Monday, January 14, 2008

Taste the rainbow

My next blogging subject was suggested by an article on, entitled "The Letter E is Purple." Without even reading the lede, I knew exactly what the article would be: a first-person narrative nonfiction piece about synesthesia. I knew this because I have had similar statements bouncing in my mind since an early age, except to me, the letter E is orange.

Synethesia, as the previous links will tell you, is a state in which the mind connects the input from one sense with the felt experience of another. Being able to taste colors, see music, or indeed, associate colors with numbers and letters.

Ever since I was little, I've associated a certain color or colors with each number and letter. The image above more or less represents my color associations with the ten individual Arabic digits. Not all of the color associations are strong, and some are hard for me to pin down if I think about them. 1 and 0 are hard, especially. 3 is sometimes yellow, sometimes orange. But for my whole life, I've had a starter set of colors that I associate with numerals and with letters. Like each color has a Platonic form sitting in a locked room somewhere, a perfect Sesame Street Muppet version of itself that all other examples of the symbol is copied from.

I think that when I was a kid, I understood these colors to be universal, but after a couple arguments ("Don't be stupid! E is brown!"), I realized that my colors were not other peoples' colors. And over time, I think I realized that a) the colors were subjective and b) not everybody had the colors, so I let it drop. That has always been the extent of my synesthetic experience: each letter and numeral has a color. Sometimes words or longer numbers have colors, being combinations or sequences of others. Sometimes a color overwhelms. The letter F is green, as are the words Fred or Frederick. B and Beukema are red. Incidentally, my favorite color is blue. On an early date with my wife, I explained my experience of synesthesia to her, and mentioned that her initials went well together (MSR = blue, grey and brown, although the letters are black, blue and reddish brown respectively -- I never claimed this made any sense to me).

Years later, again in Doug Diamond's music history class (see also my second post), we talked about the Russian composer Alexander Scriabin, and I first learned the word synesthesia. Seems old Alex had a particularly strong case, and saw colors associated with musical tones. His composition was necessarily affected by his colors, and in order to convey his experience with his audience, he devised a color organ that would project the colors he saw for each note. The wikipedia article on Scriabin describes arguments he had with Rachmaninoff and Rimsky-Korsakov about his associations. Apparently the latter had a low-grade synesthesia himself. Of course his colors didn't match Scriabin's -- I think everybody who has this has a different set of associations, formed by certain chemical connections randomly happening at some time in one's youth. Maybe I had a children's book that showed the numbers as I show them above. Or maybe "green" and "4" just landed in the same place in the primordial soup between my ears.

I've spoken personally to two other people who have had strong synesthetic experiences. One is my friend Adam from college, who, if I recall, had much stronger associations than mine, including musical ones. And I once had a conversation with a synesthete who described how she would see the colors associated with words and letters projected over a page as she read it. That's very different from and more extensive than my simple, back-of-the-brain experiences.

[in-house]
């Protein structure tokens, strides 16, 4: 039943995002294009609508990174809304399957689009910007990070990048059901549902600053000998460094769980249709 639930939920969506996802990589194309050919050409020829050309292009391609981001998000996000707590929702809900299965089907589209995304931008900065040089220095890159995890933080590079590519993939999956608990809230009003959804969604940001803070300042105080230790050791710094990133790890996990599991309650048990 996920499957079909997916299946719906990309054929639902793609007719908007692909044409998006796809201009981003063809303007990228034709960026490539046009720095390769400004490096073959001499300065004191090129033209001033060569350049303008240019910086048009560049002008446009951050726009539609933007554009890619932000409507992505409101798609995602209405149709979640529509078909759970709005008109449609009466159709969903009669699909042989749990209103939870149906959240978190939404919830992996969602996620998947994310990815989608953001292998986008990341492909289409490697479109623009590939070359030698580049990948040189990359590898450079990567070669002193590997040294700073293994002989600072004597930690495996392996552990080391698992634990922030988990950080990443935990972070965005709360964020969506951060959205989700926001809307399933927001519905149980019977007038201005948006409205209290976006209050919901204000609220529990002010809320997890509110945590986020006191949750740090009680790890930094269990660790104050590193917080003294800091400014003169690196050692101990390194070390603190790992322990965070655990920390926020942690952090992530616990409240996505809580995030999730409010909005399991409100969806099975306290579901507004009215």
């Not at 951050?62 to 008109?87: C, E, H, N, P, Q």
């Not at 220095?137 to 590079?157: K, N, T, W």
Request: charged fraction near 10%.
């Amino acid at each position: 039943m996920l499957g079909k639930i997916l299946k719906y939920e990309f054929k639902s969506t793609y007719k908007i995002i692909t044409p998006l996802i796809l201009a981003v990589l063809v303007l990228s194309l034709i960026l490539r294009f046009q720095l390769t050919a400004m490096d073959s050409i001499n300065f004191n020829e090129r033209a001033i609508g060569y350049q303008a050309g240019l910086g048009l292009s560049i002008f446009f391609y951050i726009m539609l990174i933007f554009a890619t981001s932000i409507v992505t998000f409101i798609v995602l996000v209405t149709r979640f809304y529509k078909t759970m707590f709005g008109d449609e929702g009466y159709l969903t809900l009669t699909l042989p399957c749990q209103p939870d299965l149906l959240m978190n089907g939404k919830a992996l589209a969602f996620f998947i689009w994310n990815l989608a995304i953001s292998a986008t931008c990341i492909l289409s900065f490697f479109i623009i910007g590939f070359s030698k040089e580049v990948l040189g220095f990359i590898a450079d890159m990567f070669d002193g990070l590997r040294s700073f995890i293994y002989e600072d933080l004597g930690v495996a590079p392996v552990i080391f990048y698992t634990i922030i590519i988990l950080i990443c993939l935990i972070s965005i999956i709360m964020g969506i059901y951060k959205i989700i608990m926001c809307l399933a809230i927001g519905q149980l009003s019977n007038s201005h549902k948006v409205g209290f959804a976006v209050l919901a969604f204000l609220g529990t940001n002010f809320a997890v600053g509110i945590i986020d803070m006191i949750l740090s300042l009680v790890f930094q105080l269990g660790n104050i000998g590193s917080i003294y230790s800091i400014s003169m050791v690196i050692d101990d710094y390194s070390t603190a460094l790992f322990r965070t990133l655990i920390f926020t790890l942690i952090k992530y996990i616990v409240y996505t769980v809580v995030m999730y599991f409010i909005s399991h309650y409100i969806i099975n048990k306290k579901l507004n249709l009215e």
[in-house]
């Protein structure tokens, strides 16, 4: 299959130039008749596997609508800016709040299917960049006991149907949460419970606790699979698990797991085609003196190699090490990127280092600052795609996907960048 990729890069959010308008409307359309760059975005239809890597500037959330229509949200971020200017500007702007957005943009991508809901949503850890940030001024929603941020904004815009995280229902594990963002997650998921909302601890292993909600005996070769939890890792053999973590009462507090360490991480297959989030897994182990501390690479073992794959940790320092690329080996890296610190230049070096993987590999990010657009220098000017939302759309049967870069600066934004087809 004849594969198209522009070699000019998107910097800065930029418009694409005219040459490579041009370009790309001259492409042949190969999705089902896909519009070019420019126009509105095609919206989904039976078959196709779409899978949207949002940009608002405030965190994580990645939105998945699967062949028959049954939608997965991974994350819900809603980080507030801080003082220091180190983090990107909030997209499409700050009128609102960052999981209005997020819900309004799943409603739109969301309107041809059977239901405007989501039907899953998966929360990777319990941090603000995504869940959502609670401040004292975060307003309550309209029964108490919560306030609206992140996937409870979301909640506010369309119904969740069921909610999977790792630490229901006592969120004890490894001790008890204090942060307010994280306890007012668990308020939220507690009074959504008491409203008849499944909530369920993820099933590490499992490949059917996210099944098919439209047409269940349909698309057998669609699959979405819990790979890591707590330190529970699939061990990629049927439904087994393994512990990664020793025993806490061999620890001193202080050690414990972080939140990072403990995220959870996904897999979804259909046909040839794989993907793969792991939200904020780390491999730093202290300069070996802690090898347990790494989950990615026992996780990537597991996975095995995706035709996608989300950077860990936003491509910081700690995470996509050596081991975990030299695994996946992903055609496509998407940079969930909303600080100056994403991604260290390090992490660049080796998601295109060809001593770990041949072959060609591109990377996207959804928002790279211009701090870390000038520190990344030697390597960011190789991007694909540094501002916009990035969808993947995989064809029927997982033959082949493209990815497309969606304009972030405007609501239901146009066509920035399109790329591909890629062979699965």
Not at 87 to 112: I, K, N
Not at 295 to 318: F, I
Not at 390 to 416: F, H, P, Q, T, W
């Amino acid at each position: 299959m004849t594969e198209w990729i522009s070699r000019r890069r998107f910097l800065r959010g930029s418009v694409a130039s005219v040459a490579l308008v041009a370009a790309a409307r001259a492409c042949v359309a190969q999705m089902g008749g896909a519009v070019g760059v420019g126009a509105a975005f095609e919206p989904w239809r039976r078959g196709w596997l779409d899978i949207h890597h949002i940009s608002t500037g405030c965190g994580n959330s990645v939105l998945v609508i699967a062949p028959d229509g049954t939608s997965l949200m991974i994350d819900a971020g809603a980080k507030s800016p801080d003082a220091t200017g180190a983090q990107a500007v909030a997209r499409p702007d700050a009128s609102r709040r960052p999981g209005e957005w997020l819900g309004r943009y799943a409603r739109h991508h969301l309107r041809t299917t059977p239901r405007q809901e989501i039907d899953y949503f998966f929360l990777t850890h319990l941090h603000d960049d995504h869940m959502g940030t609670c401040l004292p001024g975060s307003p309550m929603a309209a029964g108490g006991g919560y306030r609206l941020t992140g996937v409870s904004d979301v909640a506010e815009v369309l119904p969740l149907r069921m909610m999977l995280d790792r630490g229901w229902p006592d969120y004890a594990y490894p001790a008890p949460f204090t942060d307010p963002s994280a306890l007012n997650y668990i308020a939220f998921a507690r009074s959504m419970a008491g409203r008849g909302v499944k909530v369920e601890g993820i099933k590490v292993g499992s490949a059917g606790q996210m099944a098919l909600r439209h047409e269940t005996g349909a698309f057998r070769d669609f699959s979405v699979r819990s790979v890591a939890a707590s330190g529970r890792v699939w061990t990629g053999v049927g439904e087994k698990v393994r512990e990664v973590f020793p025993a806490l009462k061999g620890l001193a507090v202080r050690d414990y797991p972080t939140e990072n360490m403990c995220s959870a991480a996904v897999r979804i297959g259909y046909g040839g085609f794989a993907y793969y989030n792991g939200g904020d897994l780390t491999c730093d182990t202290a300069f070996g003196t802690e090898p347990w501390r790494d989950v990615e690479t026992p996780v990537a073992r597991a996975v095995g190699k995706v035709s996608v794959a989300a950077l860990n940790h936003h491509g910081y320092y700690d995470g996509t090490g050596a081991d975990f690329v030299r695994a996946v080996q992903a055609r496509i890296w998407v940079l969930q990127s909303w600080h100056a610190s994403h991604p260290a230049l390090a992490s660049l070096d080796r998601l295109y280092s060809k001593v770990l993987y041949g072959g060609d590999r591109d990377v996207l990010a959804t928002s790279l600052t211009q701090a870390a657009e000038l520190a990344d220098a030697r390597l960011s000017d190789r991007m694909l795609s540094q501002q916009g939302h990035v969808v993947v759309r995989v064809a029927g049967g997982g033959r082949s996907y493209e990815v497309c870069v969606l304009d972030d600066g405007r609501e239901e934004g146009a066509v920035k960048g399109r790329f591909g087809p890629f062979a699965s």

A Japanese video game designer named Tetsuya Mizuguchi created a game for the Sega Dreamcast and Playstation 2 called "Rez" that sought, in part, to simulate synesthesia for the player. The game is full of simple, stylized, colorfol visuals and pulsing, evocative techno music, resulting in a simulation of a rave as much as anything else. But it's a fun and easily recommendable game. Check out some video from it.

So, handful of readers, do you have synesthetic associations? Have you told anyone about them? Have you talked to others who have them? Please, do tell.


Seaswell said...

strange - i just learned about this a few weeks ago while reading "Musicophilia" by Oliver Sacks. There's a whole chapter on people with muscical associates with colors and a lot of more general information. many people with perfect pitch claim that it's easy to tell which pitch is which because of the colors that pop up in their minds. he said another common form is having color associates with dates and days of the week.

oh - and he covers someone who associates TASTES with musical notes, which is just plain weird.

all i had know about it before was the nabokov and his wife both had strong cases and that it affected how he wrote... some of his stories are "mostly purple," etc.

Nora Rocket said...

Very interesting, Fred...I would say that my sense-mixing associations are between colour and music; taste and colour; and smell and colour (especially that last one). When thinking about what perfume/scent I'd like, I always think in terms of the colour: should be green to grey, not at all pink or orange, and mostly not blue. Also, the french horn plays red, the tuba a heavy, dripping gold, the flute white, and the clarinet a very rich brown.

Anonymous said...

I had an archaeological field school student once tell me that I tasted like bubble gum. She was chewing while I was describing how to excavate a fence post hole.